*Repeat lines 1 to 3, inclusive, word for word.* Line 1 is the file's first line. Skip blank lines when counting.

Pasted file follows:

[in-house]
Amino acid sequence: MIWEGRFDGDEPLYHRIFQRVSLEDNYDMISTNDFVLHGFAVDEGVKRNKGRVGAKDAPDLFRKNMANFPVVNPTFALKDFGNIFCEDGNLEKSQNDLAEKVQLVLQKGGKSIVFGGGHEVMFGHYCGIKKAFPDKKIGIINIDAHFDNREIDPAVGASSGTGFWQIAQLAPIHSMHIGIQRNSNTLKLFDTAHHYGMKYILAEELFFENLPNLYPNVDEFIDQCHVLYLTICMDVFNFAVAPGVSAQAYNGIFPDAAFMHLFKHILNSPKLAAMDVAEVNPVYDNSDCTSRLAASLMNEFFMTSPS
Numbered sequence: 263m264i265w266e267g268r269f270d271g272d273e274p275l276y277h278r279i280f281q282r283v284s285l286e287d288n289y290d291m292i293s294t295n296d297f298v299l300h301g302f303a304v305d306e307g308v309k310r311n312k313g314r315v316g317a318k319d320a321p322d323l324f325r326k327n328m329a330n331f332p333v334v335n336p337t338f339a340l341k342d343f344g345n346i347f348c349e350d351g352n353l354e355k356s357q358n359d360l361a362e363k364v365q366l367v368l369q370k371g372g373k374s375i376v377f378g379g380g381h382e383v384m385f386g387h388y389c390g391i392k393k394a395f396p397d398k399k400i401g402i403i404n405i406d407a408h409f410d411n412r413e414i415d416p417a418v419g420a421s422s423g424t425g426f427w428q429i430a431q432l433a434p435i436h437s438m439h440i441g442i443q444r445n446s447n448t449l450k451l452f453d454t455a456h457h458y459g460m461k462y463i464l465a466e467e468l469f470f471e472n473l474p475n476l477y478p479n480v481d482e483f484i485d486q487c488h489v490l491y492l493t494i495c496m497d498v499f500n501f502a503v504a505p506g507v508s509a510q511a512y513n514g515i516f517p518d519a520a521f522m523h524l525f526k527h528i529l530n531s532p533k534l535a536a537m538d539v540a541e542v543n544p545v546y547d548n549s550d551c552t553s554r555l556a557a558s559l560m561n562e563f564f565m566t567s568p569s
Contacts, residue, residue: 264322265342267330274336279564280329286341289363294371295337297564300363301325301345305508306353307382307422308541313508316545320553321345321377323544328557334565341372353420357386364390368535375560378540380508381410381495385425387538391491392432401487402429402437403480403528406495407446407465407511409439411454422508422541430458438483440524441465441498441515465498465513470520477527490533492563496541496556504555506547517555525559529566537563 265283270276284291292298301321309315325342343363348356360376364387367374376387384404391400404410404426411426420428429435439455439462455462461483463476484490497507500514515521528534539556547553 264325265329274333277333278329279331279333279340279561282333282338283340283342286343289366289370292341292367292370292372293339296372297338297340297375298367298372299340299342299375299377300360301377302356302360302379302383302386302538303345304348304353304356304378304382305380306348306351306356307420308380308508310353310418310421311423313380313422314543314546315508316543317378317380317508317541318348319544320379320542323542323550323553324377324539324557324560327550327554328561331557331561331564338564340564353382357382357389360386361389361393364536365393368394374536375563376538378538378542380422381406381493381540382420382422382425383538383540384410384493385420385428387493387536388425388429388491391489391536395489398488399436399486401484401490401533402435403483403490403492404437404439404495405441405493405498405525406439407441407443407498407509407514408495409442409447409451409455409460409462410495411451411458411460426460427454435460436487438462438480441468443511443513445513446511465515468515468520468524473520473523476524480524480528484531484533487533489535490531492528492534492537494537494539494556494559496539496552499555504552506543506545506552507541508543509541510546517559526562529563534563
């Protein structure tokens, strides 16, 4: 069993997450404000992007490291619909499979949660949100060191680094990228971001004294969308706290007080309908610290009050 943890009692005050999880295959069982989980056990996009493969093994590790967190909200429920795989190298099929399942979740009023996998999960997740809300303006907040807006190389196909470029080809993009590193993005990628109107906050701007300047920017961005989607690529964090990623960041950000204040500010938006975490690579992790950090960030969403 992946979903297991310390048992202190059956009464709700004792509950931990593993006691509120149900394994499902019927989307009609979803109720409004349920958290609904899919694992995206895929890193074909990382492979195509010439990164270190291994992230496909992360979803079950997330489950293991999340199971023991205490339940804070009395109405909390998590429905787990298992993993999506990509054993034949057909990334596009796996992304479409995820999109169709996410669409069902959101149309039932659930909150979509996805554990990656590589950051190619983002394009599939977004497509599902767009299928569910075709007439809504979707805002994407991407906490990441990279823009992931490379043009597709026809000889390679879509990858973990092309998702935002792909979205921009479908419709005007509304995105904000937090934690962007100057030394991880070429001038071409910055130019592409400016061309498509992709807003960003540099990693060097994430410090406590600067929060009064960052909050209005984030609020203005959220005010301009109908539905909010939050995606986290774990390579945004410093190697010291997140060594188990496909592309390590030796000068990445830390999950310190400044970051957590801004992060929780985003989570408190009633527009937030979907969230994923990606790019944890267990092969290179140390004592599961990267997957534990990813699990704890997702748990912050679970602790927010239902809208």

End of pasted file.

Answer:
[in-house]
Amino acid sequence: MIWEGRFDGDEPLYHRIFQRVSLEDNYDMISTNDFVLHGFAVDEGVKRNKGRVGAKDAPDLFRKNMANFPVVNPTFALKDFGNIFCEDGNLEKSQNDLAEKVQLVLQKGGKSIVFGGGHEVMFGHYCGIKKAFPDKKIGIINIDAHFDNREIDPAVGASSGTGFWQIAQLAPIHSMHIGIQRNSNTLKLFDTAHHYGMKYILAEELFFENLPNLYPNVDEFIDQCHVLYLTICMDVFNFAVAPGVSAQAYNGIFPDAAFMHLFKHILNSPKLAAMDVAEVNPVYDNSDCTSRLAASLMNEFFMTSPS
Numbered sequence: 263m264i265w266e267g268r269f270d271g272d273e274p275l276y277h278r279i280f281q282r283v284s285l286e287d288n289y290d291m292i293s294t295n296d297f298v299l300h301g302f303a304v305d306e307g308v309k310r311n312k313g314r315v316g317a318k319d320a321p322d323l324f325r326k327n328m329a330n331f332p333v334v335n336p337t338f339a340l341k342d343f344g345n346i347f348c349e350d351g352n353l354e355k356s357q358n359d360l361a362e363k364v365q366l367v368l369q370k371g372g373k374s375i376v377f378g379g380g381h382e383v384m385f386g387h388y389c390g391i392k393k394a395f396p397d398k399k400i401g402i403i404n405i406d407a408h409f410d411n412r413e414i415d416p417a418v419g420a421s422s423g424t425g426f427w428q429i430a431q432l433a434p435i436h437s438m439h440i441g442i443q444r445n446s447n448t449l450k451l452f453d454t455a456h457h458y459g460m461k462y463i464l465a466e467e468l469f470f471e472n473l474p475n476l477y478p479n480v481d482e483f484i485d486q487c488h489v490l491y492l493t494i495c496m497d498v499f500n501f502a503v504a505p506g507v508s509a510q511a512y513n514g515i516f517p518d519a520a521f522m523h524l525f526k527h528i529l530n531s532p533k534l535a536a537m538d539v540a541e542v543n544p545v546y547d548n549s550d551c552t553s554r555l556a557a558s559l560m561n562e563f564f565m566t567s568p569s